UPDATE: LETTERS supporting Murray French have come pouring in, with one company even offering him a job.
The guys at Wil-Tow have reached out to Mr French and offered him a position, while many others have called for him to be re-instated, many citing their RACQ member numbers.
John Campbell from Nambour said Mr French should be reinstated immediately with no loss of pay.
"It's not much fun breaking down on the M1 in 110 km traffic if you are able bodied let alone if you have a disability," he wrote.
"We are not living in a perfect world and some people have to use their initiative in some circumstances."
This was echoed by Kevin Kallmeyer who commended Mr French's actions.
"While Mr French is not a hero for this action he is certainly a man of action and safety thinking first and foremost of the safety of all on the road in not wanting to close lanes when there is another safer choice," he wrote.
A recovery drivers from the UK even weighed in on the discussion saying Mr French had made the right decision.
Another asked where the petition was.
What do you think? Answer our poll.
Do you think Murray French should get his job back?
This poll ended on 31 July 2015.
Yes the RACQ should reinstate Murray.
No, he didn't follow proceedure and the RACQ was right.
This is not a scientific poll. The results reflect only the opinions of those who chose to participate.
THE STORY: SACKED for towing a disabled man to safety, tow truck driver Murray French has lost hope of ever getting his job back.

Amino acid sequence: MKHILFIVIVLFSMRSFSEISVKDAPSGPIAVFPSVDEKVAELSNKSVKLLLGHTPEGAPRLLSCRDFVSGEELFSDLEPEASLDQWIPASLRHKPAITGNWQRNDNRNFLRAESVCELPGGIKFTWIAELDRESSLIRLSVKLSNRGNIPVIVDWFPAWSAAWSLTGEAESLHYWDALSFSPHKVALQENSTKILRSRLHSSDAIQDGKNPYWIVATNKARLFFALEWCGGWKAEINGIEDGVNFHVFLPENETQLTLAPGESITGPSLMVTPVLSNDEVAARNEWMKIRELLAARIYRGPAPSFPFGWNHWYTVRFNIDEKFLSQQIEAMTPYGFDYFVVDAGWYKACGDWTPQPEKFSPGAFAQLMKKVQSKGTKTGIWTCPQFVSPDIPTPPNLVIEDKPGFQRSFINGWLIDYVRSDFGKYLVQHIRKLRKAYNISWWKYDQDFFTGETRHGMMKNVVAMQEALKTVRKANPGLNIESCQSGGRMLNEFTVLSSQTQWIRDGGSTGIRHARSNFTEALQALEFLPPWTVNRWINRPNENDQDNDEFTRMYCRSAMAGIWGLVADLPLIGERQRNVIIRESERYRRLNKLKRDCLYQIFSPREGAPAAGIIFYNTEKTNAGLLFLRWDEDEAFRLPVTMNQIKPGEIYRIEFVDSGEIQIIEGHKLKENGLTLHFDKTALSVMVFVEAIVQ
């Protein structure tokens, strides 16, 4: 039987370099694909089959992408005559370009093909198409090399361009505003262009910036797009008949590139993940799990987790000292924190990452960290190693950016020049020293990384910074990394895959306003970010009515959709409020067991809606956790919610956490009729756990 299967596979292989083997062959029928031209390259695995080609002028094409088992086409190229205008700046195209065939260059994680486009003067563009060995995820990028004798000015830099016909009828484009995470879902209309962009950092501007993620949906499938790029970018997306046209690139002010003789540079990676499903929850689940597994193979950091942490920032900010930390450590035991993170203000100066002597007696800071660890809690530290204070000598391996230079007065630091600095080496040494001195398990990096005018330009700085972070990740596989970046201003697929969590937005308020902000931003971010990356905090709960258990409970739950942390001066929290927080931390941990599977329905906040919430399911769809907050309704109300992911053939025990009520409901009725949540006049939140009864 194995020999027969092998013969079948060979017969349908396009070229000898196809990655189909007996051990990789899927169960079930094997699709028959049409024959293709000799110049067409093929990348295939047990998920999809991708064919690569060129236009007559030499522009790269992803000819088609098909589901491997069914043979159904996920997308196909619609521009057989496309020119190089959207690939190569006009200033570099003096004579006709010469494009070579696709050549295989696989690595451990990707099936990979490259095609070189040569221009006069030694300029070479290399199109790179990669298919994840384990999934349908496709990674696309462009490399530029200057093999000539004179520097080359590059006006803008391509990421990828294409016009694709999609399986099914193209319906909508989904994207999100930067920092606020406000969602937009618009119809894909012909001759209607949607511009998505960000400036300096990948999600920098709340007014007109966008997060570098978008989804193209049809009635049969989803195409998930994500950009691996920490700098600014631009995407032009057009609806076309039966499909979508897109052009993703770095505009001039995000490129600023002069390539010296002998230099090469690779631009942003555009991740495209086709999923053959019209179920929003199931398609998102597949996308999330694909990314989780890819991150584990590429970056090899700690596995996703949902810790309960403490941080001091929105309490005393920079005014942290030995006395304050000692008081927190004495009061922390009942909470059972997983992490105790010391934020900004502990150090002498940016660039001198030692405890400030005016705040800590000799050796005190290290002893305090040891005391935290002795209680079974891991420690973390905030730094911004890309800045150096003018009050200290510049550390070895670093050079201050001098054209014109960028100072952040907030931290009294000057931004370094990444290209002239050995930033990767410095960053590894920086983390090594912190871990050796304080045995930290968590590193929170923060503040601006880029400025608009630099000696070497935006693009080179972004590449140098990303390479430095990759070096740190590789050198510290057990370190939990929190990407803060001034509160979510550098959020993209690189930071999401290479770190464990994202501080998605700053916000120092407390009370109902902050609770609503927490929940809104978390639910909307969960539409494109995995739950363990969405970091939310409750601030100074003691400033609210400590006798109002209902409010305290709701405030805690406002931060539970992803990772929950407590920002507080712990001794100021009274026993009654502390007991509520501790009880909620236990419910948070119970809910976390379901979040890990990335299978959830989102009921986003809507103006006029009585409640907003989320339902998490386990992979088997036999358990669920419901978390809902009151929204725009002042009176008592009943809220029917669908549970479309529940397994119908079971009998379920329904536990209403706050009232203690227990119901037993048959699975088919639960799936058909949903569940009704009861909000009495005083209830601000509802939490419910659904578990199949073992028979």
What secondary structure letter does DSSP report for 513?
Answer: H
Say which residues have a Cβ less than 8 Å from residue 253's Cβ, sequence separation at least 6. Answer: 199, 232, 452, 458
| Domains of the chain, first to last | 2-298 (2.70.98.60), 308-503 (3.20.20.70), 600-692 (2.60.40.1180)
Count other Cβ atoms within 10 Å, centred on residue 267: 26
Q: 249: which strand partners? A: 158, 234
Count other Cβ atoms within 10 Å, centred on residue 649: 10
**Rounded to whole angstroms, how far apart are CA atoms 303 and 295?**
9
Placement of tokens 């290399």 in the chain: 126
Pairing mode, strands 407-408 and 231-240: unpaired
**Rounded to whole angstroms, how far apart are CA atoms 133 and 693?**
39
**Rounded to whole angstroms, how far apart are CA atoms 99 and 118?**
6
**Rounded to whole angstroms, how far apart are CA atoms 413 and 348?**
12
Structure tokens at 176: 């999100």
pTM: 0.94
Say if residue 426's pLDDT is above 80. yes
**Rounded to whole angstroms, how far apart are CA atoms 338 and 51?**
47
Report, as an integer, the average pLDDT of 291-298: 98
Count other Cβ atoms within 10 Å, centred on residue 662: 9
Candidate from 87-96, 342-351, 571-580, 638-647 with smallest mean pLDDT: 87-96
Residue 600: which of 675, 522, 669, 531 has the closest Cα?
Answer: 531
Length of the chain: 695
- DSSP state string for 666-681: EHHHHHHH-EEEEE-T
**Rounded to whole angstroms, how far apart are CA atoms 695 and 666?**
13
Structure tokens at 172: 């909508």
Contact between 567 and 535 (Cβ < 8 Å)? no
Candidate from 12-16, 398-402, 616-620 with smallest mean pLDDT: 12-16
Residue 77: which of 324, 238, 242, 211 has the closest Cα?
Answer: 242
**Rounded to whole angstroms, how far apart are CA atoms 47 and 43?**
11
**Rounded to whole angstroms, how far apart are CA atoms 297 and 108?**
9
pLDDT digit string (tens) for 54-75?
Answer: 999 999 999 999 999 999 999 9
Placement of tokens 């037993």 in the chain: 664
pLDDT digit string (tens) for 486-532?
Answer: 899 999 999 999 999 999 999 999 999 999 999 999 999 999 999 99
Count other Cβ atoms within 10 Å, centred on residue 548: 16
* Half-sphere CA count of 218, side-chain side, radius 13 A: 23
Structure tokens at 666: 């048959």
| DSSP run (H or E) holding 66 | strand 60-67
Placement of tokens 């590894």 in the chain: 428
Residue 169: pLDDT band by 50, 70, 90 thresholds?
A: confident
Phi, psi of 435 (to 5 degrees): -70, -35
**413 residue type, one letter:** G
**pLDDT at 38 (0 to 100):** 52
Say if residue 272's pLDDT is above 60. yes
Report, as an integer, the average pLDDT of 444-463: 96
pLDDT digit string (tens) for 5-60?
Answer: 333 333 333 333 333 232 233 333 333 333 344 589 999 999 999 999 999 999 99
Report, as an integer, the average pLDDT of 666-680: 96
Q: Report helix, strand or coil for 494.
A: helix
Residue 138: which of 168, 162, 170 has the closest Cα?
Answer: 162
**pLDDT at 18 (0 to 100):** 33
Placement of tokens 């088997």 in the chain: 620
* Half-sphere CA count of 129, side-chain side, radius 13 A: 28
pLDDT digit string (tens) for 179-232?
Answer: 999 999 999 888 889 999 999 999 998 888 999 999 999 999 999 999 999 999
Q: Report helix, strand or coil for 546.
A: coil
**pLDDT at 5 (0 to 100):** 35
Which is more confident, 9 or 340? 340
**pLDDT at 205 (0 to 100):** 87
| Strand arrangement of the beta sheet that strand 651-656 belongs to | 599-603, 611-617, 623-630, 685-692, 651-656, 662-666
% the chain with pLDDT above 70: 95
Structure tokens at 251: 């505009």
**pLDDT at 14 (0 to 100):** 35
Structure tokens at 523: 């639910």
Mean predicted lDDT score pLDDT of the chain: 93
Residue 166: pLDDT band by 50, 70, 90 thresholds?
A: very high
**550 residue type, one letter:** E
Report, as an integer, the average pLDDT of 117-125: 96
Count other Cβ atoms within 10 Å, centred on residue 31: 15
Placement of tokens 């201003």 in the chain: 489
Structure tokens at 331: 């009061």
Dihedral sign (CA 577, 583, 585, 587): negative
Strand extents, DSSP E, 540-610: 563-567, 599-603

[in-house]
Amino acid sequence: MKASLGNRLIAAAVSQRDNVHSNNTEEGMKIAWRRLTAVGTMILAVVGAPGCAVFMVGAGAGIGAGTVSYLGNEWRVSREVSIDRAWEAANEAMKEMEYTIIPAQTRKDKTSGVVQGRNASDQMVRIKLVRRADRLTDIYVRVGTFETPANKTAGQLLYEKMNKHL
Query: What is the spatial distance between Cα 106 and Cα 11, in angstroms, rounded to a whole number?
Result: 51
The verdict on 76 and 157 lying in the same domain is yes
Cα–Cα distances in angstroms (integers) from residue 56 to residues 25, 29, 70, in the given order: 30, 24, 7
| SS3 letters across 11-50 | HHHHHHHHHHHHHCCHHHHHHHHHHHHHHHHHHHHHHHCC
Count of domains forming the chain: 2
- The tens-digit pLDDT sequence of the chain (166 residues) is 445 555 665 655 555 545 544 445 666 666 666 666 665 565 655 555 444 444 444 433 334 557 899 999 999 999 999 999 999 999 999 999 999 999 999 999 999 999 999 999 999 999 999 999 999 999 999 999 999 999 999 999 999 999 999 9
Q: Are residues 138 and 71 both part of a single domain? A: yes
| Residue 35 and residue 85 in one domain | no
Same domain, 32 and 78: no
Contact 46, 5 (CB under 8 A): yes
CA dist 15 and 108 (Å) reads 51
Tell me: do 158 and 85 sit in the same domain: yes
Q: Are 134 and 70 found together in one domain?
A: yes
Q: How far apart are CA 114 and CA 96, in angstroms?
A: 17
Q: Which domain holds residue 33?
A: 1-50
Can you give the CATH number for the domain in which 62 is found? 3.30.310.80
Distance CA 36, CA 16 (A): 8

Mr French spoke exclusively to Big Rigs after the news broke the RACQ had fired him for not following procedure.
He was planning to stay anonymous but, as his hopes fell of being reinstated, he agreed to be interviewed.
Imagine your job is going to accident sites daily, in sometimes dangerous situations involving fast-moving traffic - it doesn't get much worse than cars flying by at 110kmh - but that was the situation Mr French was in.
It was a routine breakdown on the M1 highway at the Gold Coast in Queensland on June 1 but the driver needed a bit more help than usual because he was disabled.
Mr French said the rear tyre on the man's car had blown "badly" and he was so close to traffic that to open his door to access his wheelchair would encroach one metre onto the road.
The passenger side door wasn't much help either and couldn't be opened enough to get the man out.
Mr French said a maxi taxi that had been ordered for the driver left as it was deemed too risky to access the roof-mounted wheelchair on the side of the highway.
"I could see this guy was scared," Mr French said.
He admitted he should have called for back-up to get the lane blocked off so the man could be helped from the car but that could have taken between two and three hours.
With the disabled man stuck inside his car and "shaking", saying he couldn't wait that long, Mr French made the decision to winch him while still inside the car.
The man wore his seatbelt and was only taken about 10m before the highway exit then about 500m until there was a safe place to get him out of the car but that was enough.
When management were alerted, Mr French was out of a job.